July 16 is the 50th anniversary of Apollo 11 launching into space. But it wasn't all moon landings and American flags.
The journey there was a long and strenuous one for Apollo 11's astronauts. And considering the magnitude of the task, it's not too surprising that a lot of the figures associated with the mission are jaw-dropping.
Here's some Apollo 11 facts to ponder on the anniversary of the launch:
Top speed: Apollo 11 reached a speed of 24,200 miles an hour. For reference, this is about 12 times as fast as a bullet being fired from a rifle.
Weight of the spacesuit: 180 pounds, or roughly the same weight as a male red kangaroo.
Global TV audience of the moon landing: 530 million people, or about 27 times as many people that watched the series finale of "Game of Thrones."
Height of the Saturn V rocket: 363-feet tall, which translates to about the same length as a football field.
Miles traveled: The distance traveled for the mission was 828,743 nautical miles, or 953,700 miles. This is about 342 times as long as the journey from Los Angeles to New York City.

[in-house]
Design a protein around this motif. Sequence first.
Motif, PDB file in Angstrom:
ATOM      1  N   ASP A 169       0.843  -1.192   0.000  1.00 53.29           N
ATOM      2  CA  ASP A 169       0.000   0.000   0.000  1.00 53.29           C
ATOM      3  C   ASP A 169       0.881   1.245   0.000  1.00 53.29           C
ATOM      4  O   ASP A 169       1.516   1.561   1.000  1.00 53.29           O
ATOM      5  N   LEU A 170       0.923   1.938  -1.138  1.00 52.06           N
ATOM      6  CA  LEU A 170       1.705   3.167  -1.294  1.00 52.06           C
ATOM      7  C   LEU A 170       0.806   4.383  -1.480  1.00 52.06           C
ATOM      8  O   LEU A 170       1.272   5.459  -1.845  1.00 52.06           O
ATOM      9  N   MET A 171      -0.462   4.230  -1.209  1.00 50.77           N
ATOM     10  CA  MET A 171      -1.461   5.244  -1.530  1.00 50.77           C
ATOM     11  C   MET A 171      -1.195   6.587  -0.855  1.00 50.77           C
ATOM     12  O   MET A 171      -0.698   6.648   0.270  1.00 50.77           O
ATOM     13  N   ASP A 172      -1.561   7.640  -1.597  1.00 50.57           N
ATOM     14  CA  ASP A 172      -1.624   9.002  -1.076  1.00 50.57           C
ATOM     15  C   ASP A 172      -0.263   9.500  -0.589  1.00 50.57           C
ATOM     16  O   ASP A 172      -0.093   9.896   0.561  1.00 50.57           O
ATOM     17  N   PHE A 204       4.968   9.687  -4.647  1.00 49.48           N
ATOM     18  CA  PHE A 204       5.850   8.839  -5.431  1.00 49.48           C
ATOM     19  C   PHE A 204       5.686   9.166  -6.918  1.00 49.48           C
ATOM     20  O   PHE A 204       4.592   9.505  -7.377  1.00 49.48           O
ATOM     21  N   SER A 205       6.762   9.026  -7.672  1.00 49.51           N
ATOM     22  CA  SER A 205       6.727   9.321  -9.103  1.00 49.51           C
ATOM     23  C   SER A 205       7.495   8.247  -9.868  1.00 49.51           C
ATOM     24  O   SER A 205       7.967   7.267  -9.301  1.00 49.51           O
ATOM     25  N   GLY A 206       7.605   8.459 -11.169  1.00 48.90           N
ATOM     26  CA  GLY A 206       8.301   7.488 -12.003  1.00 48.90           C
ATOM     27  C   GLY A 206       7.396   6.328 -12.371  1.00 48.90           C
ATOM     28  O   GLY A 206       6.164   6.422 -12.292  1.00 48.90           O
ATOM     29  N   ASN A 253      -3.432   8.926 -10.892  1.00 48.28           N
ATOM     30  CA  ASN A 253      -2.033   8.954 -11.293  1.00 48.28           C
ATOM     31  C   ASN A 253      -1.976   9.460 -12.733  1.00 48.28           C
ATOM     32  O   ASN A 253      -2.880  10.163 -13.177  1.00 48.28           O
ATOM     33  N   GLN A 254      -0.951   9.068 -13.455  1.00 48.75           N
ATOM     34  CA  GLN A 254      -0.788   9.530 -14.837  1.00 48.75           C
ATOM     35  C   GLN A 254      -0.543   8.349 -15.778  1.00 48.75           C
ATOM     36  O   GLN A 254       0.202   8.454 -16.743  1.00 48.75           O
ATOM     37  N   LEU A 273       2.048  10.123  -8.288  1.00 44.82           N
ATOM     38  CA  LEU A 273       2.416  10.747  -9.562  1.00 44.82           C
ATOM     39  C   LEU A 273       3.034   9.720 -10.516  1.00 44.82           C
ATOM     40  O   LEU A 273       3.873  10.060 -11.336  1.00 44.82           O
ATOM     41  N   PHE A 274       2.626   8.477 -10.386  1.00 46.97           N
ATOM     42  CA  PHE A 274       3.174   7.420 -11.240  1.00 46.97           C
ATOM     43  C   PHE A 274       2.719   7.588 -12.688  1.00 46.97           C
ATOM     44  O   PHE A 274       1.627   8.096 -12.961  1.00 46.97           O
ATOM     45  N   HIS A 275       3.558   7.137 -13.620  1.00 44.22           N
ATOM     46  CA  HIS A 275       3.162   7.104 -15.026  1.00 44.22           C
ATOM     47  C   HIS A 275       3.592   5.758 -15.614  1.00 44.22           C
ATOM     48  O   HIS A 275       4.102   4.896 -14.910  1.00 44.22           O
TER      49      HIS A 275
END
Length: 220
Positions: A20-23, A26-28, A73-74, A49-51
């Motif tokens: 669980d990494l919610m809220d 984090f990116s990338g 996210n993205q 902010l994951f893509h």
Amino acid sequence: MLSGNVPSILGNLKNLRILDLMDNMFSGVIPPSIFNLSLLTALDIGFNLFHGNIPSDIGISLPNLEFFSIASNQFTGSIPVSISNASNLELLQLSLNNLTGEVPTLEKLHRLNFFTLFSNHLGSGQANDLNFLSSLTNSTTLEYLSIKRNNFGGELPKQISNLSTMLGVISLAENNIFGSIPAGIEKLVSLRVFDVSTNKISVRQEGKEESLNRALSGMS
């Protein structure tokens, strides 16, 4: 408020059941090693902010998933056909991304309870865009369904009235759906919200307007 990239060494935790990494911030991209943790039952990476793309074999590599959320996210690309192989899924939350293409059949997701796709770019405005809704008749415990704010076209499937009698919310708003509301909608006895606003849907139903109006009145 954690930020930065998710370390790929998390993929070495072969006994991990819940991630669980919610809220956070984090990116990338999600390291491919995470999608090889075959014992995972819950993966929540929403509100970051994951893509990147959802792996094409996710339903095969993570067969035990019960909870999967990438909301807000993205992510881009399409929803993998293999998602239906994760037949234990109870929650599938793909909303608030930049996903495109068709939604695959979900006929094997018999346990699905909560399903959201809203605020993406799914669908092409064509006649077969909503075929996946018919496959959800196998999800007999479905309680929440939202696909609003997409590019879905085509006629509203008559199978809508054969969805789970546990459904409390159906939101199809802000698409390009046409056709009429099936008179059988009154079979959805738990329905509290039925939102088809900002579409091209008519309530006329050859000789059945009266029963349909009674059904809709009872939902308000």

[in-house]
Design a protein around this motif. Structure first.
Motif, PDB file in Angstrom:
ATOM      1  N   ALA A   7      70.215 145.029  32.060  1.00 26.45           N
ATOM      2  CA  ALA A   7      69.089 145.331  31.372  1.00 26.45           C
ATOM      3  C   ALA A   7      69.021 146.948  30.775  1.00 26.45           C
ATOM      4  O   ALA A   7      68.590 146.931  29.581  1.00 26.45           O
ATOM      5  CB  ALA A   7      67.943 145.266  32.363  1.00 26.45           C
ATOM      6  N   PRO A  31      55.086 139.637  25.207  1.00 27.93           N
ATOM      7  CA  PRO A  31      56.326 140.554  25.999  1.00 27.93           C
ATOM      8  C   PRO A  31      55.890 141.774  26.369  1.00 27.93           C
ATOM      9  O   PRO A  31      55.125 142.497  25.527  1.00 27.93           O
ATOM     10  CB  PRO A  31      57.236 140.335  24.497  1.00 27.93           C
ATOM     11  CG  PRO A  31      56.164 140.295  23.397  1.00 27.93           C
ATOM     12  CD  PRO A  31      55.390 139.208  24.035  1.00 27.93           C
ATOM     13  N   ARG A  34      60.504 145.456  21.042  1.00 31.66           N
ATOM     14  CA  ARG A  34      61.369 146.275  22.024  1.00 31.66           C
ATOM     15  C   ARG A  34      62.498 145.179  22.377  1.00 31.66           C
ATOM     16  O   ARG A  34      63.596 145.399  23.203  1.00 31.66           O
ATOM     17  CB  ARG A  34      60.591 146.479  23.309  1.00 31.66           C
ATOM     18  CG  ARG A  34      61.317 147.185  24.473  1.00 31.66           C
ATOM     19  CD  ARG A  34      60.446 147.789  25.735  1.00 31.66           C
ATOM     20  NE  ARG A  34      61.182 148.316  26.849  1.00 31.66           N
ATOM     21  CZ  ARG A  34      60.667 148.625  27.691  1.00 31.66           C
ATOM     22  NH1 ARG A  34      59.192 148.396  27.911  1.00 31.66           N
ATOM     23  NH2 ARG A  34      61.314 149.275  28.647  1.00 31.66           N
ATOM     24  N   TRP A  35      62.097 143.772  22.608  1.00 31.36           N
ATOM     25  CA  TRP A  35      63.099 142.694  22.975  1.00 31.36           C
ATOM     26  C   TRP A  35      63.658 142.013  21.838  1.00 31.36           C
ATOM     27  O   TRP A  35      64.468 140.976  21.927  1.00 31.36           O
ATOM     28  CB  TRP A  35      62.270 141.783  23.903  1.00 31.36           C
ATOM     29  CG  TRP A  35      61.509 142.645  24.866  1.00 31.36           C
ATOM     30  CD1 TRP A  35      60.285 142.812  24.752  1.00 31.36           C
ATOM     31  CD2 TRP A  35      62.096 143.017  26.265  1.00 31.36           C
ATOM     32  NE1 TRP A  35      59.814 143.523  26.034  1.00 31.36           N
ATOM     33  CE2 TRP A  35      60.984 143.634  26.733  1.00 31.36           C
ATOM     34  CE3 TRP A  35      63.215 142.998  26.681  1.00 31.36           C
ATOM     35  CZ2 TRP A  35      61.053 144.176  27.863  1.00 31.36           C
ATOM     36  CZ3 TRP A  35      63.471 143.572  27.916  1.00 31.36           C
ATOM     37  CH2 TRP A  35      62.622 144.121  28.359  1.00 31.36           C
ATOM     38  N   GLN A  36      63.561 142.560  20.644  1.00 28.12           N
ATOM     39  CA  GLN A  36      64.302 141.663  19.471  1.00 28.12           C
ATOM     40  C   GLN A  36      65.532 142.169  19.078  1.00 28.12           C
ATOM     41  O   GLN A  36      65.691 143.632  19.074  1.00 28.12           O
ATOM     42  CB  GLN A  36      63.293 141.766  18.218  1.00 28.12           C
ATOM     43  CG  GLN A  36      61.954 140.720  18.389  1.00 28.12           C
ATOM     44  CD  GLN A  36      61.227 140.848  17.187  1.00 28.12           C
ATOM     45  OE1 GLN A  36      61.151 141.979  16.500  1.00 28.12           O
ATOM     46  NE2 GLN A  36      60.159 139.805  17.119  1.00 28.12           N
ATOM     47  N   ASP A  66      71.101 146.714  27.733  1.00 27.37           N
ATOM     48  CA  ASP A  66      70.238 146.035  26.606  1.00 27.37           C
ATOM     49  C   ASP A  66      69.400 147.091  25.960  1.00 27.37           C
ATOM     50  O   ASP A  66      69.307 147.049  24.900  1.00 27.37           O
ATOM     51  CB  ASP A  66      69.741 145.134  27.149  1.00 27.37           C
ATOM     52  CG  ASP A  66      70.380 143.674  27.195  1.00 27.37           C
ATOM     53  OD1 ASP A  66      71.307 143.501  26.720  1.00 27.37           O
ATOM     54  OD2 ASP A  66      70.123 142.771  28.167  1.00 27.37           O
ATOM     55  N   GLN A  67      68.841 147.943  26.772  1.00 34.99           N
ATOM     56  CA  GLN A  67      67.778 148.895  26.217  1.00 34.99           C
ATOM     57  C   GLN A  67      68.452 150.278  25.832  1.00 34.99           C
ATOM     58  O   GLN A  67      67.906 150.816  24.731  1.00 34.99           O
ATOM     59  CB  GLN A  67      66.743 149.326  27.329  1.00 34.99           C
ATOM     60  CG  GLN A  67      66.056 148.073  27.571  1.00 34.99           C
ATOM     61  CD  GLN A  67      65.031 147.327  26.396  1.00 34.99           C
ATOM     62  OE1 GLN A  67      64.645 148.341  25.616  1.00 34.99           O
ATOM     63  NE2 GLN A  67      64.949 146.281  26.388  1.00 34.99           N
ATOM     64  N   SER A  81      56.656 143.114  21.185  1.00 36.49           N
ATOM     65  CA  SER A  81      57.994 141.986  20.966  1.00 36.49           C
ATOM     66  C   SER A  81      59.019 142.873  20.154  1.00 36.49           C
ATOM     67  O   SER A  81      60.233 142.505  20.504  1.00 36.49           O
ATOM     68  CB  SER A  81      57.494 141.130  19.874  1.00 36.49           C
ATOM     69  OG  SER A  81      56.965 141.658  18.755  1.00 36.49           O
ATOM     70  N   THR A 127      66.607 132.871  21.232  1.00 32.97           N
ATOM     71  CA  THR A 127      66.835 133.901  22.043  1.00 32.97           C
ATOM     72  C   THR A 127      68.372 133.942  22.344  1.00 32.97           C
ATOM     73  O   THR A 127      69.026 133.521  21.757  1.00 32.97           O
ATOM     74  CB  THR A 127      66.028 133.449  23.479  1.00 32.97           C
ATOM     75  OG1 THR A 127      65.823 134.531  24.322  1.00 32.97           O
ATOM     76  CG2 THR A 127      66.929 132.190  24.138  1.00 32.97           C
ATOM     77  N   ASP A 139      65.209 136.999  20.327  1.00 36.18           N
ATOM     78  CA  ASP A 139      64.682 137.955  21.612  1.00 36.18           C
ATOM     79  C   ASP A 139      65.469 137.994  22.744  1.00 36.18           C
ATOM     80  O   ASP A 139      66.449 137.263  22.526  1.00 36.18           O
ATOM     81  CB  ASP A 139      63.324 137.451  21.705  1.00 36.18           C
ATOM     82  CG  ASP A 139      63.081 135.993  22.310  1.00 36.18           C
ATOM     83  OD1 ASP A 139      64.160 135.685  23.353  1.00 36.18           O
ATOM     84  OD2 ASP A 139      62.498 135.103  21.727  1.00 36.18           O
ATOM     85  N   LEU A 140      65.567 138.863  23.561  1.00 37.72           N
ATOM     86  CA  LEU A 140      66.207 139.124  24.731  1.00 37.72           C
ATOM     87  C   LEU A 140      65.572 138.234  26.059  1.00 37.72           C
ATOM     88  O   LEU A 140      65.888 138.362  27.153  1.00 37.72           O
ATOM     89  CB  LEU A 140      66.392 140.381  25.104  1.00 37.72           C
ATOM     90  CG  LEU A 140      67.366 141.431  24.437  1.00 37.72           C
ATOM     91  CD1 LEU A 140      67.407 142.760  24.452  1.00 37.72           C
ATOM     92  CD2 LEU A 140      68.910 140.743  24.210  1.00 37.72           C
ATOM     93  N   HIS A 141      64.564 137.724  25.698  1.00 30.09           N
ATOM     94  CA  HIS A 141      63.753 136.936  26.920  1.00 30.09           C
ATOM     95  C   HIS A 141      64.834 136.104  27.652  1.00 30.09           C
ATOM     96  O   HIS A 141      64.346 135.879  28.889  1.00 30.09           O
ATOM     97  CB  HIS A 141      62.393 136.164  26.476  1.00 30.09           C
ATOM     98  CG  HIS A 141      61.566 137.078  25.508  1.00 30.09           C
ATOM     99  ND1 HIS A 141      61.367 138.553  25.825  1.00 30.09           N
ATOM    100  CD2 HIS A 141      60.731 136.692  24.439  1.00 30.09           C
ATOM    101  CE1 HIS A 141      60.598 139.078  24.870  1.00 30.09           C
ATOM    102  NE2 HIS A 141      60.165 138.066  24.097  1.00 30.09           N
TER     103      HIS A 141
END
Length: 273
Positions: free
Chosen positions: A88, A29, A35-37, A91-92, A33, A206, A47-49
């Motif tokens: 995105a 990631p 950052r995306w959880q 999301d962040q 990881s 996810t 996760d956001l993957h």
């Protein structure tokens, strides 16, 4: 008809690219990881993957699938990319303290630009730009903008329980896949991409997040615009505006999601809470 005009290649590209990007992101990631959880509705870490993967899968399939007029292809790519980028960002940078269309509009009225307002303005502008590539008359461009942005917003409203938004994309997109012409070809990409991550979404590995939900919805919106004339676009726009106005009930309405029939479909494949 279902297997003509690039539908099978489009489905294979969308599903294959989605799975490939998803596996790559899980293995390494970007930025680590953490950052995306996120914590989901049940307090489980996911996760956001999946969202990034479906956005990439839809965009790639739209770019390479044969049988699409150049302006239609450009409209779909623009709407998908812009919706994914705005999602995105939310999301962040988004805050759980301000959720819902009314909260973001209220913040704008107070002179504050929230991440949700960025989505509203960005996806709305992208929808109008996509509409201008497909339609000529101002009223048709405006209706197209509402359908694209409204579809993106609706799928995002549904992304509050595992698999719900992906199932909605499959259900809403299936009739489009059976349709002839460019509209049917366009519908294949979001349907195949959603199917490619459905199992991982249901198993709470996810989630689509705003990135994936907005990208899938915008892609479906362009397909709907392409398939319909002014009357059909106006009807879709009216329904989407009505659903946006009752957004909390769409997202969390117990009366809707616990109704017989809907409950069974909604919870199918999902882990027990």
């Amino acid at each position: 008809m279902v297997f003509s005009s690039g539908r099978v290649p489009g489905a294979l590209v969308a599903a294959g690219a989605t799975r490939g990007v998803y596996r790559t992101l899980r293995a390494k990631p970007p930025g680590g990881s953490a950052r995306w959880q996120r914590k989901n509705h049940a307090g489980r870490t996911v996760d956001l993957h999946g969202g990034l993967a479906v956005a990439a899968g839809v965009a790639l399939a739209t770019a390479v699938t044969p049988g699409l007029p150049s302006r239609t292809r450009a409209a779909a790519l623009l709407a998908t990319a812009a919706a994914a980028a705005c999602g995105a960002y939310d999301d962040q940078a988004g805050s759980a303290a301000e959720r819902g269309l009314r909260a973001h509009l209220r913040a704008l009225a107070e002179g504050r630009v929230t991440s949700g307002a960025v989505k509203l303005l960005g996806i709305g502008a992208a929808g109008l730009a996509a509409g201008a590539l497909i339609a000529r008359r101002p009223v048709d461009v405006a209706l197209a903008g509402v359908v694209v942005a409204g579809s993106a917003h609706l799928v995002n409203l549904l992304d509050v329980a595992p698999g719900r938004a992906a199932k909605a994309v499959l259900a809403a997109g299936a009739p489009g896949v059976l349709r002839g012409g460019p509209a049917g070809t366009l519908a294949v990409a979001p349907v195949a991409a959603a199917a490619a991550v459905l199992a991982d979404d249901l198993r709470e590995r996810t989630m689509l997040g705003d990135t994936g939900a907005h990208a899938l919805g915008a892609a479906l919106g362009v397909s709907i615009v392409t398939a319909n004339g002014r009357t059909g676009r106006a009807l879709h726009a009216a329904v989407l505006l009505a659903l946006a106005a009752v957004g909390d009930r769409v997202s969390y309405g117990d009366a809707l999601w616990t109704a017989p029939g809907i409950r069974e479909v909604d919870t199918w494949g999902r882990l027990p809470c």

Calories eaten: NASA astronauts had to eat 2,800 calories a day for the Apollo 11 mission. While this is still more calories than the average person is recommended to eat a day, it's still a paltry sum compared to the Dwayne "The Rock" Johnson, who reportedly eats about 5,000 calories a day.
Cost: NASA spent $28 billion developing what became the Apollo program. Adjusted for inflation , that would be about $288 billion today.
Neil Armstrong's heart rate: When the astronaut descended toward the lunar surface, his heart rate reached 150 beats per minute. This is about the same average heart rate as a giraffe.